Orange County Branch Newsletter

February 2015

Sustainability Committee

What the Passage of the Proposition 1 Water Bond will mean for Southern California

By Dave Eames, P.E., ENV SP and Nathan Chase, P.E., ENV SP | AECOM

On November 4, 2014 Californians passed a significant proposition that was high on the Governor’s list of priorities to facilitate funding for a large number of water restoration and conservation projects to be constructed over the coming decade. The $7.5B Proposition 1 Water Quality, Supply, and Infrastructure Improvement Act of 2014 (aka “Water Bond”) was smaller than the originally drafted $11.1B bond measure but still provides a significant amount of seed money to finance upwards of $25B to $30B in watershed management, restoration, and conservation projects. The goal is to fund various elements of a comprehensive 5-year Water Action Plan outlined by the Governor in January of 2014 to address the state’s water restoration, resilience, and reliability.

Once the bonds are sold to investors the money will go into the state budget and then get distributed to the various water agencies.  The cost to taxpayers is estimated to be about $360M per year over the next 40 years, which works out to a total cost of approximately $14.4B (including principal and interest payments). Put another way, by dividing by the number of California taxpayers (roughly 16 million), Proposition 1 will cost each taxpayer $22.50 per year through 2055.

In total, about $2.4B will be sent to various state agencies including the State Water Resource Control Board and the Department of Water Resources for projects improving local resource management. Another $1.9B will be available for watershed and statewide flood management. The largest bucket of money, however, goes directly to the California Water Commission to be distributed to applicants through a competitive process for storage related projects in the Bay Delta watershed.  The $2.7B in grants will be awarded to projects that demonstrate ‘public benefit’ and meet defined criteria including habitat restoration, improving water quality, reducing damage from floods, improving recreation, and responding to emergences. Another $520M will be allocated toward improving safe drinking water including money earmarked for small disadvantaged communities.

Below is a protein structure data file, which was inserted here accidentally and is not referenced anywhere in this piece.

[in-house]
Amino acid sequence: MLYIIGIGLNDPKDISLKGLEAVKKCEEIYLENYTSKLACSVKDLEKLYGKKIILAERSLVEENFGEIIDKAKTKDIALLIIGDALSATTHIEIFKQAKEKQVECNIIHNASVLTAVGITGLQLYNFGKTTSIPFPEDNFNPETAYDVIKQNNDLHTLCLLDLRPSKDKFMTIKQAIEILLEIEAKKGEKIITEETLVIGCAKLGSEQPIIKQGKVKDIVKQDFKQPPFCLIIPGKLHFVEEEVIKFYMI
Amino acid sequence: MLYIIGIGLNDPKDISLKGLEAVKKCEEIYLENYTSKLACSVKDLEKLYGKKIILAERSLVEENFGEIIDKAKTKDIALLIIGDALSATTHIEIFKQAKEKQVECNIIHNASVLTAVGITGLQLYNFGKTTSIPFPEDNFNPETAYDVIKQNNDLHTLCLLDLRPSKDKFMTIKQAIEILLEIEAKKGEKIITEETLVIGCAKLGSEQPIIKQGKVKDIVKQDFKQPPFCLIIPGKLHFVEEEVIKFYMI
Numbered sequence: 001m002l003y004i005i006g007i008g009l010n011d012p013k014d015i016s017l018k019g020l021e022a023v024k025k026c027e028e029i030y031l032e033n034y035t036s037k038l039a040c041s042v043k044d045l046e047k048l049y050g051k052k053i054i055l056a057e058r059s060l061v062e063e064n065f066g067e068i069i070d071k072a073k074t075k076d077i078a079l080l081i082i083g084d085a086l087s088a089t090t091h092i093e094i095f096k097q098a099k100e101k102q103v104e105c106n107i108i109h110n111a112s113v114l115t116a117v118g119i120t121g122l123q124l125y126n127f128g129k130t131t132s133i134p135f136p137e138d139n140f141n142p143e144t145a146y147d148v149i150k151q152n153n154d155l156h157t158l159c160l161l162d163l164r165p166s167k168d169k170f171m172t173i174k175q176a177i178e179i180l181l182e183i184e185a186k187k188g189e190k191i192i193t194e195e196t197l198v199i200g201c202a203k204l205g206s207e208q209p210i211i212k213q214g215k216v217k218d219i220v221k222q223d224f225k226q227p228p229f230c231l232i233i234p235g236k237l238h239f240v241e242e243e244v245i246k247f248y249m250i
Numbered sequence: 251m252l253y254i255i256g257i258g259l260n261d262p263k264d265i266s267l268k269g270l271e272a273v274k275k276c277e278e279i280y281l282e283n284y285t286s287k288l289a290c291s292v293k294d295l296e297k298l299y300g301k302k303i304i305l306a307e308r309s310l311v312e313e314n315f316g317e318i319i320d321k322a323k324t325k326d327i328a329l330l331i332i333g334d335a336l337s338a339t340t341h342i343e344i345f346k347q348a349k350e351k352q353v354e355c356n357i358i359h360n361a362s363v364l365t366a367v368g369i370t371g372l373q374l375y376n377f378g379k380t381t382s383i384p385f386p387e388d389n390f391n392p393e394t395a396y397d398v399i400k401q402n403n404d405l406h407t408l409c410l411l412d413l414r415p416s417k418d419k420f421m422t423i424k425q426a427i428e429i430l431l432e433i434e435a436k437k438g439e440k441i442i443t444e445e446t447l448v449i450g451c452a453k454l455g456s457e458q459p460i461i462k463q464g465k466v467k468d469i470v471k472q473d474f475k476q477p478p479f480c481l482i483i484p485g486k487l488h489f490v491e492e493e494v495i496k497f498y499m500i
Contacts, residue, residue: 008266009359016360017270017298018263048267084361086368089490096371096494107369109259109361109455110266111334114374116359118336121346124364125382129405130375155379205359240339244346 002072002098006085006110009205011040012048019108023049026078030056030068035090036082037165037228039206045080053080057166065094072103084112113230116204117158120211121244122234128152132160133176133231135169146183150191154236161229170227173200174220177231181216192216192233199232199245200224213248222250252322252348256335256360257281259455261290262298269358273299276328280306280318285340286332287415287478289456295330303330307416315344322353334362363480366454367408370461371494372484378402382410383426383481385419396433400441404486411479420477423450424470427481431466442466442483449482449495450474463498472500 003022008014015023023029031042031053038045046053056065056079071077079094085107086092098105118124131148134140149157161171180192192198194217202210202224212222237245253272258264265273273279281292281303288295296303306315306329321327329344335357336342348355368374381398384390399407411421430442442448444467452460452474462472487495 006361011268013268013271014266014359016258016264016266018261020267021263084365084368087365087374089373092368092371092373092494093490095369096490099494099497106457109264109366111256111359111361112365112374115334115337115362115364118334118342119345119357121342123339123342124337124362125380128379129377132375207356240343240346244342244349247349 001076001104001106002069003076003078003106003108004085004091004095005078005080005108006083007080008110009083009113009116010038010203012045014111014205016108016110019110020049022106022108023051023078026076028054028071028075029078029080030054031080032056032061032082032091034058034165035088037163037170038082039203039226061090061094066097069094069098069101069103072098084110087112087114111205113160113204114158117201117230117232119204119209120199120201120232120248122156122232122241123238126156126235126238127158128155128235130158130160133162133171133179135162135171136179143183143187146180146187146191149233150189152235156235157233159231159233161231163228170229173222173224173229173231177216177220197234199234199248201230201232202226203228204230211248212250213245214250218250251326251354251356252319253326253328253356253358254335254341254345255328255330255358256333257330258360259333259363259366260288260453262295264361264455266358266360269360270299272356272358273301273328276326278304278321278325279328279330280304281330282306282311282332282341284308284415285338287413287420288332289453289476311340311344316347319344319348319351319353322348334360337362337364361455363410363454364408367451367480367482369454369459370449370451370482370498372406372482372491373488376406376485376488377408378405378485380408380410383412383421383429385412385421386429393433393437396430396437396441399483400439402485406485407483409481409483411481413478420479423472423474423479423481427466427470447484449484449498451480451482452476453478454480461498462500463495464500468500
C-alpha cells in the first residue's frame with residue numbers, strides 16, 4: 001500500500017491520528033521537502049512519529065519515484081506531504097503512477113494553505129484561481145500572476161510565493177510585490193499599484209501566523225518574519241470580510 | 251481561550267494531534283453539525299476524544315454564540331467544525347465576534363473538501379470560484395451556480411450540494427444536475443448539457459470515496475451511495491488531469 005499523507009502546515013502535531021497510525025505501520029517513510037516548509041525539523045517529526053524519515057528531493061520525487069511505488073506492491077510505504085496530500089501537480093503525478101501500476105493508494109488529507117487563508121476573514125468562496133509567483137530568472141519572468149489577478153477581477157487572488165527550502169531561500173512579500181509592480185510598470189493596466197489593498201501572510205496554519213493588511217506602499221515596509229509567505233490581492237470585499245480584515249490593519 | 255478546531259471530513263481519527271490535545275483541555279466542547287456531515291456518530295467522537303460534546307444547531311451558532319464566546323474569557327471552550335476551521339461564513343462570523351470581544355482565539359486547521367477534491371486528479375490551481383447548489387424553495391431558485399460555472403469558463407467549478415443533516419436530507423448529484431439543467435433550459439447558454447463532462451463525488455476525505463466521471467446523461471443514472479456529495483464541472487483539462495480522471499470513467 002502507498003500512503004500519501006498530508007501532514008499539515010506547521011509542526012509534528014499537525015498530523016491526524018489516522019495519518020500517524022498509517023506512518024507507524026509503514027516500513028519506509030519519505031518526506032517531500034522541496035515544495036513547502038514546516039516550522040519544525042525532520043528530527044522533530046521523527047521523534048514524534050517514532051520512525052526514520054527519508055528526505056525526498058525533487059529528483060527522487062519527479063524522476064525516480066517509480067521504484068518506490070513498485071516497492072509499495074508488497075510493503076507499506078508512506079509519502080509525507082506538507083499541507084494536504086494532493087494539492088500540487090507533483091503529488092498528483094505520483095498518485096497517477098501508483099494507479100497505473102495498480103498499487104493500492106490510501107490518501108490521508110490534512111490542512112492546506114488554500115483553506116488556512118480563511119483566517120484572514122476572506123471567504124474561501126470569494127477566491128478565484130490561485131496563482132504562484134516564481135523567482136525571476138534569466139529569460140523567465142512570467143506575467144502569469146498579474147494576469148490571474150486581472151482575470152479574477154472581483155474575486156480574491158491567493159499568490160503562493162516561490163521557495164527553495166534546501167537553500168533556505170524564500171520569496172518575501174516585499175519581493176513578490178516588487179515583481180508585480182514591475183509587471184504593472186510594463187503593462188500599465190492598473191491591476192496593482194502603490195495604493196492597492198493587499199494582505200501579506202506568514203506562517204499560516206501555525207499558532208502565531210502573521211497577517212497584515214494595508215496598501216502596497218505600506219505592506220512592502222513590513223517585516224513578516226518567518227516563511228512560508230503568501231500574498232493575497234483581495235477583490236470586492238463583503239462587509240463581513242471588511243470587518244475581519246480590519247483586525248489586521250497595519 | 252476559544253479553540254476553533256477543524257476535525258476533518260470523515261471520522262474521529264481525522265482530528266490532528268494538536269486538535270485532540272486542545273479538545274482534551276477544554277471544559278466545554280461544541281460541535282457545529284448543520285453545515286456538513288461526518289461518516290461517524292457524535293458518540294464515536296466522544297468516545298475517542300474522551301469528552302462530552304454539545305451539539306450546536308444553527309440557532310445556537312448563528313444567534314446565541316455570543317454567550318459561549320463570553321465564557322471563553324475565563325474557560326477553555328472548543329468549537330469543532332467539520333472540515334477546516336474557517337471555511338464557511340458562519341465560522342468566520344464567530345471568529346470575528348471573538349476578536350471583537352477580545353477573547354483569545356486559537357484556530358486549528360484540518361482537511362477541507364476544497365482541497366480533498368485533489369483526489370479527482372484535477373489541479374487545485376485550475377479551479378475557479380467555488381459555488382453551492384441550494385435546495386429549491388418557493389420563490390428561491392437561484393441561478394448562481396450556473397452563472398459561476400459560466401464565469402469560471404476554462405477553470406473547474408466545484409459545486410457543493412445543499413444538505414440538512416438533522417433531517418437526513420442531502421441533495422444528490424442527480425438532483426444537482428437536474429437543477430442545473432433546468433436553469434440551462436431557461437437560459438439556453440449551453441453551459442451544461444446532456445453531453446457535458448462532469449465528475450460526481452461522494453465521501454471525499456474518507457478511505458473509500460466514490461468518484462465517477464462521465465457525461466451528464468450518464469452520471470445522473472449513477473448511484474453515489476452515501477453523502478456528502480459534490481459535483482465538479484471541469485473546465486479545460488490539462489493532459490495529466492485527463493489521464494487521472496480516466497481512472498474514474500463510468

Although limited information is currently available regarding specific projects that will benefit from Proposition 1 and their timing, highlights for Southern California include the following:

  • $63M for Santa Ana Region IRWM;
  • $52M for San Diego IRWM;
  • $100M additional for water use efficiency outside IRWM;
  • Santa Ana Watershed, eligible for funds under the State Coastal Conservancy;
  • San Juan Creek Basin, eligible for funds under storm water capture;
  • Water Recycling beneficiaries may include a Seawater Desalination project, such as the proposed Dana Point or Huntington Beach projects;
  • Southern California water agencies Groundwater Conjunctive Use projects;
  • Salton Sea ecosystem restoration; and
  • $500M set aside for local conservancies including the Baldwin Hills Conservancy, Coachella Valley Mountains Conservancy, the Ocean Protection Council, the San Diego River Conservancy, the San Gabriel and Lower Los Angeles Rivers and Mountains Conservancy, and the Santa Monica Mountains Conservancy.

It is also worth noting that the conveyance aspects of the Bay Delta Conservation Plan (BDCP) are excluded from Proposition 1 funding (e.g., the 30-mile, 40-foot diameter underground twin tunnels), though some Proposition 1 funds are designated for Delta habitat restoration. [1], [2]

The Governor’s 2015-16 Budget shows that $532M of the Proposition 1 funds will be made available initially for expenditures under the various investment categories, as shown in the figure below side-by-side with the total Proposition 1 funding. [3]

Significant attention will be placed on the decisions to be made in the coming months by the various agencies that must now determine how to spend these funds, with several rounds of applications likely that will be open to public agencies, non-profit organizations, public utilities, and mutual water companies. Improvements to the State’s water infrastructure and water management practices are critically needed to provide resilience to future droughts and increased demands due to population growth, and Proposition 1 funding will provide a new avenue for moving to a more sustainable water future for California.

[1] Pacific Institute, 2014. Online Document ([url=][/url]).  

[2] Bay Delta Conservation Plan, 2013. Online Document ([url=][/url]).

[3] State of California, 2015. Online Document ([url=][/url]).